The United States on Wednesday announced new measures to control Venezuelan immigration: a program that grants two years of legal status to those arriving by plane and immediate expulsion of most who cross the border through Mexico.
The Department of Homeland Security (DHS) has reported the creation of a new immigration exemption for Venezuelans, similar to what already exists for citizens of Ukraine, that grants two-year temporary status to those who have a sponsor in the USA.
In parallel, the Department of Homeland Security will return to Mexico the majority of Venezuelans intercepted after crossing the southern border; The expulsions will be carried out under Title 42, a public health regulation imposed at the start of the pandemic and inherited from the administration of former President Donald Trump (2017-2021).
In a press call, a US government official said the measures are aimed at “reducing the number of people arriving at the border” irregularly and creating a “more organized” immigration process for Venezuelans fleeing the “humanitarian and economic crisis in their country.” .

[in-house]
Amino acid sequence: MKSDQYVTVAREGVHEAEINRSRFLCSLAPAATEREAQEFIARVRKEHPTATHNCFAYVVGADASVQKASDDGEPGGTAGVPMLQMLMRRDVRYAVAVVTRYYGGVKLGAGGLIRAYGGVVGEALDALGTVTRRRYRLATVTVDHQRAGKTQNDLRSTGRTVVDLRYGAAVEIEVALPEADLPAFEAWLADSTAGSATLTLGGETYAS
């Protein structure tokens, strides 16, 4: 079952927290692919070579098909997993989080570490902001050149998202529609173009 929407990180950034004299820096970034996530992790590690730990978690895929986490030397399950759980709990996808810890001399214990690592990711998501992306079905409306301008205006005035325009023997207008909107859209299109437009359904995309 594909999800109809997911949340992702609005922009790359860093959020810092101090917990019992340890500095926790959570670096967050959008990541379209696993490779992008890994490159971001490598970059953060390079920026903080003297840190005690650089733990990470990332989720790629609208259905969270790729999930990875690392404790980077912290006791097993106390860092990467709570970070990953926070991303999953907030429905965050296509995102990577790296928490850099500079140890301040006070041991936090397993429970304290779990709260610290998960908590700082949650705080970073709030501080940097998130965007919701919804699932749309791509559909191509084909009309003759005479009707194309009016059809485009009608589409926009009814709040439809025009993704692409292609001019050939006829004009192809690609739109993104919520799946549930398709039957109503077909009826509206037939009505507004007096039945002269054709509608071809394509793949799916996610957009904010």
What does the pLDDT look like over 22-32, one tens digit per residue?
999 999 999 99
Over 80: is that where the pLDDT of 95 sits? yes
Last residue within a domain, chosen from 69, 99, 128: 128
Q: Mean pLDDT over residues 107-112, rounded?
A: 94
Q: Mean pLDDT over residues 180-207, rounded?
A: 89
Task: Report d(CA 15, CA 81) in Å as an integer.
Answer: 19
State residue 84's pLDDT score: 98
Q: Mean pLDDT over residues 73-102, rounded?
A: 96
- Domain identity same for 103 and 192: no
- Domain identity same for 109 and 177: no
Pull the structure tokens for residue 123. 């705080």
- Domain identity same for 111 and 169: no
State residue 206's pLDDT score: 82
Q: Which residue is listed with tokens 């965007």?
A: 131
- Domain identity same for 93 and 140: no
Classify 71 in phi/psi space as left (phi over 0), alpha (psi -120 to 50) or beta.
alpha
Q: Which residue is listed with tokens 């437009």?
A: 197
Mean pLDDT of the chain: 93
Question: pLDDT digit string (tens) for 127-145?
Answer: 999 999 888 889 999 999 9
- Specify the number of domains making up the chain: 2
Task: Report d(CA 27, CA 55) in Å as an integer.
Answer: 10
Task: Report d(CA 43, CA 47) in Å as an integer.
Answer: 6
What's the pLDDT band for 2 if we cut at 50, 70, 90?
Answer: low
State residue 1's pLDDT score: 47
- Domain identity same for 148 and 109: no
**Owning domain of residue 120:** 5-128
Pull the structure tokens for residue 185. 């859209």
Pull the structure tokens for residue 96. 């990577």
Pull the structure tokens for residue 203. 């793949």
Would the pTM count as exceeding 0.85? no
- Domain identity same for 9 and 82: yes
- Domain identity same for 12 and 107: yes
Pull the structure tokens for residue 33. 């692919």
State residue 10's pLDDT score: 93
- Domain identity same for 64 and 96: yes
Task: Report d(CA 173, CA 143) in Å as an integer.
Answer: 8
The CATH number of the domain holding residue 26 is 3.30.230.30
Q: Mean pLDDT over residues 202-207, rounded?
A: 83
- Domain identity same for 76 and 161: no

Under this immigration program, which has excluded deportees from the United States in the past five years or people who entered Panama or Mexico illegally, the US government will initially accept 24,000 people, the official said.
To apply to the program, interested Venezuelans must demonstrate that they have a sponsor in the United States who can demonstrate that they have the financial resources for the period the immigrants will reside in the country.
In addition, recipients must pass a “national security and public safety” examination, the Department of Homeland Security said in a statement.
The US announcement comes amid an increase in the arrival of Venezuelans at the border with Mexico. Between October 2021 and August this year, more than 150,000 Venezuelans were arrested on the US southern border, compared to 50,499 in the same period last year.
More than 6.1 million Venezuelans have left their country, in the second largest migration crisis in the world, second only to Syria, according to the International Refugee Organization.
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